Dancing with Dynamite has been moving around the world in unexpected ways. Someone in Mexico is writing a comic book based in Bolivia, and is using Dancing with Dynamite as a part of his research. A friend was motorcycling across northern Argentina recently and while he was riding, one of the bags fell off the bike – it was the bag carrying Dancing with Dynamite! So now the book is somewhere in the Argentine countryside…
I continue selling copies of the book to people out of my backpack. The other day I sold a copy right inside of a Borders bookstore, and later that same day exchanged the book with someone else for some delicious wild mushrooms he had foraged.
The book is also being used in a lot of college classrooms across the US. (One university library even lists it as “missing.” I wonder where that stolen copy is.) I recently received a phone call from a classroom of students at the University of Southern Mississippi. The students in the class had read Dancing with Dynamite very closely, and had a bunch of great questions and comments regarding what activists in the US might learn from South American social movements.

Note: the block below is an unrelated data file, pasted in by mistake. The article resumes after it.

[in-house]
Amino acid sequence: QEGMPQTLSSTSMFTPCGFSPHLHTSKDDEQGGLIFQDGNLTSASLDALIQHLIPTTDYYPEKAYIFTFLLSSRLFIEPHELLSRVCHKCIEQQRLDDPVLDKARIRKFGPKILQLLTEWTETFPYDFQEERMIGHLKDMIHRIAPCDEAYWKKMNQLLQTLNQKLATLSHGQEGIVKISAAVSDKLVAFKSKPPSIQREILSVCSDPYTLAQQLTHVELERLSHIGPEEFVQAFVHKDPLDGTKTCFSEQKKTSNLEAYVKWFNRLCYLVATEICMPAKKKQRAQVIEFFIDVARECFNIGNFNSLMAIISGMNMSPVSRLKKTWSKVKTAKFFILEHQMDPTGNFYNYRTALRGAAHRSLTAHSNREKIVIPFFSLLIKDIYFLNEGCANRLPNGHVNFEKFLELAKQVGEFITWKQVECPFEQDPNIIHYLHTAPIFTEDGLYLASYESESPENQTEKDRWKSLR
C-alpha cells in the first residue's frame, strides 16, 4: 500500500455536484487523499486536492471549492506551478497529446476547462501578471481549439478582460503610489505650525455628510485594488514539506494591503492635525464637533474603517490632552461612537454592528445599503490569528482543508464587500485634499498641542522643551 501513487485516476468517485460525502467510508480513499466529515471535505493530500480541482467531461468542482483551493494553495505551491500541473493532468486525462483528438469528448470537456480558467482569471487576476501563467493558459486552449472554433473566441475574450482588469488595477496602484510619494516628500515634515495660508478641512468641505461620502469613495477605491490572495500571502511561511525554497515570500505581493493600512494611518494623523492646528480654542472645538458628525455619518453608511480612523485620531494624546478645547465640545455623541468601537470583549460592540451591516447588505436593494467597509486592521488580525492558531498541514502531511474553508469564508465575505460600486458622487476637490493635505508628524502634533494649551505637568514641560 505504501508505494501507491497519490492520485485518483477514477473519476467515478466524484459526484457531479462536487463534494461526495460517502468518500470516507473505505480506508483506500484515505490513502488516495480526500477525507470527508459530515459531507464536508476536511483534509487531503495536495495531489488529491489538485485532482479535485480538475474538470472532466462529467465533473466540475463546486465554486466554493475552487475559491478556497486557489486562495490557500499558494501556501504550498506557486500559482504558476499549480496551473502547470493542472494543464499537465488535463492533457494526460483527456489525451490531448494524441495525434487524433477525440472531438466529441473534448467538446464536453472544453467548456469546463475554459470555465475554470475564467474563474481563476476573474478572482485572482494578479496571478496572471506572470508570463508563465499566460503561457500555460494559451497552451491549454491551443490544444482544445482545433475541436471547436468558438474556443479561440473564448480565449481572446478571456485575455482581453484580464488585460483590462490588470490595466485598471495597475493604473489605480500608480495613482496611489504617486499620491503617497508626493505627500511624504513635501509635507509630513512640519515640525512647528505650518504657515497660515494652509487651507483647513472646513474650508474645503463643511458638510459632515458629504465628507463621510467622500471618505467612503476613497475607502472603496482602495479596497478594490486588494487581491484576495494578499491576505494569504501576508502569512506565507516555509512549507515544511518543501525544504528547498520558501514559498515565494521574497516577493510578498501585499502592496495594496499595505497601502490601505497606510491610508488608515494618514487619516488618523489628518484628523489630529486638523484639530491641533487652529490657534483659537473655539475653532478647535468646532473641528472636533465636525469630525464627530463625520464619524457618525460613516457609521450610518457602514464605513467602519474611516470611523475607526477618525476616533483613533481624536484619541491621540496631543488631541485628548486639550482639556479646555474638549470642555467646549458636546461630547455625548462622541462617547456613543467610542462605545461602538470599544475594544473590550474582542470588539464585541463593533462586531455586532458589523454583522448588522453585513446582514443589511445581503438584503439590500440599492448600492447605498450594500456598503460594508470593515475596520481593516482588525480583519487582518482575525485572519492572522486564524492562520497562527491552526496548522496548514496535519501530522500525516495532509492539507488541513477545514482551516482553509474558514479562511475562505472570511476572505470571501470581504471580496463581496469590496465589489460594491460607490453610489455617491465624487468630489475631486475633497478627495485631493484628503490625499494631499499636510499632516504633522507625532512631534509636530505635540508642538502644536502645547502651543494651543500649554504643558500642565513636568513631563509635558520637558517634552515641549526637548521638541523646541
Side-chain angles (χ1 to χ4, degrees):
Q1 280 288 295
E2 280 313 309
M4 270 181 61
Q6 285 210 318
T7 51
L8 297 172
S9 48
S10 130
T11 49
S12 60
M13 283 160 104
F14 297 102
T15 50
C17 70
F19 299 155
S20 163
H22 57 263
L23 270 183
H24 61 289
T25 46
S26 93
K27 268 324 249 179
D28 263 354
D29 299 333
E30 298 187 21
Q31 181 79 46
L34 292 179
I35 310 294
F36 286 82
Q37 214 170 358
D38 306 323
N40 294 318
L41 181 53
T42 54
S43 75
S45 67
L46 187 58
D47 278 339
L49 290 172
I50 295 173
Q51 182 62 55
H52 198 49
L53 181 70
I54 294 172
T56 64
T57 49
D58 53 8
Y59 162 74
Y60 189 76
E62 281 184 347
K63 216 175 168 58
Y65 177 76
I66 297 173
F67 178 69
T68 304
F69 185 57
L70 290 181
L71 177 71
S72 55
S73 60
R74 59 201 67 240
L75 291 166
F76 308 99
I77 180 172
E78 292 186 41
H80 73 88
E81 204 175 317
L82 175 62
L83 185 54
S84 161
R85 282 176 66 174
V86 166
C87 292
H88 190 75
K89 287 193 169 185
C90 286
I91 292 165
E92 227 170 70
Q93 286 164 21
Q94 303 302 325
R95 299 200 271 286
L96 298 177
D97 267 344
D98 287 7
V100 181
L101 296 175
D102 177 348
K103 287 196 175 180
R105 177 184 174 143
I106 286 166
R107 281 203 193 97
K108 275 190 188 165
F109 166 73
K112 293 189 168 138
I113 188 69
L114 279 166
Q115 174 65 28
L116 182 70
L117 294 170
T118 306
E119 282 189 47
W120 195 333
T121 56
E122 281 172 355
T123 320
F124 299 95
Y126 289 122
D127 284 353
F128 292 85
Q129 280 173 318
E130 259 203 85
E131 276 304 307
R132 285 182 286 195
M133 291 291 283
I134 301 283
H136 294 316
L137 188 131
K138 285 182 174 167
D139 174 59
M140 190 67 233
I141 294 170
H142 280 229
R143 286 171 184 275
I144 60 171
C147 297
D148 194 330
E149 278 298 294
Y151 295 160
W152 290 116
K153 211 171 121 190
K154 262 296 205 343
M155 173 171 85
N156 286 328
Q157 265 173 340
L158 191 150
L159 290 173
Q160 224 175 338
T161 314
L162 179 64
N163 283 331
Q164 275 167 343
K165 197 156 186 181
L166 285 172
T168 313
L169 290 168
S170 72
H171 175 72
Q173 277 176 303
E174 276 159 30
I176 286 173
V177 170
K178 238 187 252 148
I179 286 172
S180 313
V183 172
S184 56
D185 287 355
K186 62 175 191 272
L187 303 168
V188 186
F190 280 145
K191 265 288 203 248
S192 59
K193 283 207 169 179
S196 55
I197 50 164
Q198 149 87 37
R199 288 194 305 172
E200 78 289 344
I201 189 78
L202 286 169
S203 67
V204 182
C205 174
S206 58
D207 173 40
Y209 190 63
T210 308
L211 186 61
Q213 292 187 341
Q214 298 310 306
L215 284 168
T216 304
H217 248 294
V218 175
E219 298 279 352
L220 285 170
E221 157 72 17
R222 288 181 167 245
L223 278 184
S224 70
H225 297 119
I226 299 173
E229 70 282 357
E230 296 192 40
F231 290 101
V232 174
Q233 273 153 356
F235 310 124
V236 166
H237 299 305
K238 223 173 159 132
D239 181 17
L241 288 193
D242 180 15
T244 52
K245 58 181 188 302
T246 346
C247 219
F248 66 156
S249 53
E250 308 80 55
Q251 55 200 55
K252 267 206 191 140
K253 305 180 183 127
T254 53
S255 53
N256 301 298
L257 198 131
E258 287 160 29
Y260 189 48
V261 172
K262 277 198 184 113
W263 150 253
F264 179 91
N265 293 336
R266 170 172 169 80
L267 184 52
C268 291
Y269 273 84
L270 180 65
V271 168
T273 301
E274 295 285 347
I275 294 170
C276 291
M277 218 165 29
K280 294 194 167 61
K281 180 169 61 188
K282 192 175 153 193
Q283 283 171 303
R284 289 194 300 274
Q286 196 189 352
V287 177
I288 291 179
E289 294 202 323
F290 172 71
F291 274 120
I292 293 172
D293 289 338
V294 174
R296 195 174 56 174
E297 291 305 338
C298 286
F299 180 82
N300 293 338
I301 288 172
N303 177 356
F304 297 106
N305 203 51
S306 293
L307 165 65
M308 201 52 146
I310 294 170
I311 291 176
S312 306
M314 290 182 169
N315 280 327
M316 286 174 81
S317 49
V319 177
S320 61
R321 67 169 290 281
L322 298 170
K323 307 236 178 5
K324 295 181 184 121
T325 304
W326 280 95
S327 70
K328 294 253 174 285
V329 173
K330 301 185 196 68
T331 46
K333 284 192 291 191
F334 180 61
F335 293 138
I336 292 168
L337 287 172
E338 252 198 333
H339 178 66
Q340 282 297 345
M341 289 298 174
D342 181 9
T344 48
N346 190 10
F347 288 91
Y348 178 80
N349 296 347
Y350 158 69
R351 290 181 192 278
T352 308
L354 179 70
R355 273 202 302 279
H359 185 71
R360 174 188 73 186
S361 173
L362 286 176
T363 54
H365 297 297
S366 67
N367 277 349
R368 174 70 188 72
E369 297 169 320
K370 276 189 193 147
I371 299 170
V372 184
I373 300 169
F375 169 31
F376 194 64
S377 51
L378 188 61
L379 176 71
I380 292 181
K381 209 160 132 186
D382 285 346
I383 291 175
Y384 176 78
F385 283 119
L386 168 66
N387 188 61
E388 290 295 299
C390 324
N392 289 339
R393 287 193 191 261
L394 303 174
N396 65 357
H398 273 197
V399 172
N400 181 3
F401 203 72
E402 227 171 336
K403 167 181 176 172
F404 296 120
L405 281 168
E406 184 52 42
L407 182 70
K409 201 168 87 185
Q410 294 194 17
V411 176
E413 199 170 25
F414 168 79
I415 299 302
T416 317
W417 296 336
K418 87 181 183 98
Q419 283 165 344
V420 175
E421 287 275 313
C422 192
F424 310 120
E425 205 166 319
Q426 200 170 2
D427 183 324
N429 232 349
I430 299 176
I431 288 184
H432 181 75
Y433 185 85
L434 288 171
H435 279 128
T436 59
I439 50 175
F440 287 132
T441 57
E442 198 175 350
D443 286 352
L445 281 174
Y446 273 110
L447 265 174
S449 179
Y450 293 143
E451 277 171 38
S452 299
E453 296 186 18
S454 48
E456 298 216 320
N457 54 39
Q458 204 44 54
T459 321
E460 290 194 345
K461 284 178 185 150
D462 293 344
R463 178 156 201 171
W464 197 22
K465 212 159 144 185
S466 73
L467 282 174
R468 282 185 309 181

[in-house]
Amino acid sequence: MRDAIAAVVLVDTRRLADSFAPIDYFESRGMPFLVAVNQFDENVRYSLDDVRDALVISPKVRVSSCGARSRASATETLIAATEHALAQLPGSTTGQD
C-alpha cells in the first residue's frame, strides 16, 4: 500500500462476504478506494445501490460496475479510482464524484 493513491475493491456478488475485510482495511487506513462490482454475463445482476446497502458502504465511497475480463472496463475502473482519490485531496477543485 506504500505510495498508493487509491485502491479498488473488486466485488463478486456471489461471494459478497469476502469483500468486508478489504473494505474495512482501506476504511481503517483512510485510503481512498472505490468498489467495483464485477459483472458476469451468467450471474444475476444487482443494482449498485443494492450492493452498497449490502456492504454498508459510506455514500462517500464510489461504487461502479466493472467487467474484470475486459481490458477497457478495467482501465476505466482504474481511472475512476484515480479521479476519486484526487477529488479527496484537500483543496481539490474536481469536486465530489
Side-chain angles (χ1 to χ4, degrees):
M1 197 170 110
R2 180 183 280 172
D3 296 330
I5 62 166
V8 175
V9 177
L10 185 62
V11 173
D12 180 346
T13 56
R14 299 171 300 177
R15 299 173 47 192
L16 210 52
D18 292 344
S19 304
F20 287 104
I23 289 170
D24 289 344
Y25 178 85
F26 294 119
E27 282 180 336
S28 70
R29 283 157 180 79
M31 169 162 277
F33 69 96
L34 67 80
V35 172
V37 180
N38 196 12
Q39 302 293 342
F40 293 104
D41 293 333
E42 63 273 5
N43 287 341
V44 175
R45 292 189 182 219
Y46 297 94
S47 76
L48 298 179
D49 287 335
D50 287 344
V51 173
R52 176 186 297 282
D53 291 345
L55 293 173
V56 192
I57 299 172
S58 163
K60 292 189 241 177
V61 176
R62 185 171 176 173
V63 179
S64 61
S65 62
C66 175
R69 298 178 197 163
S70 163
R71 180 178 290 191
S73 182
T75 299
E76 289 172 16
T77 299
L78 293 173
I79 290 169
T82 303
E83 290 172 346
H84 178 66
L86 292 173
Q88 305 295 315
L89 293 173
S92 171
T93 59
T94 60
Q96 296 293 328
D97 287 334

Dancing with Dynamite is also traveling around the internets. There’s bunch of people who have reviewed the book, or plan to read it, on GoodReads.com. One reviewer there says he “dug it.”
A few new reviews have recently come out. Reviewer Michael Fox writes in Truthout that the book is “a roadmap, a call to action to break the simplistic dualities imposed by society and place our destinies into our own hands.” Other new reviews have appeared in The International Socialist Review and the IWW’s Industrial Worker.
Dancing with Dynamite has even been mentioned in languages I don’t recognize, like this: “mengenai perdagangan internasional yang tidak melulu mengikuti resep-resep neoliberal. Benjamin Dangl menyebutnya Dancing with Dynamite, untuk menggambarkan bagaimana kelompok…”
The Chabot Spectator, of Chabot College in California, published an article reporting on my visit and presentation at the school. The author writes of the event, “Just a few days before students and faculty headed up to Sacramento to protest the cuts to education, Chabot’s population was shown the potential social movements could achieve.”
Thanks so much to everyone who has read the book, discussed it, disagreed with it, passed it on, lost or stolen it. You give Dancing with Dynamite a life beyond the words on its pages.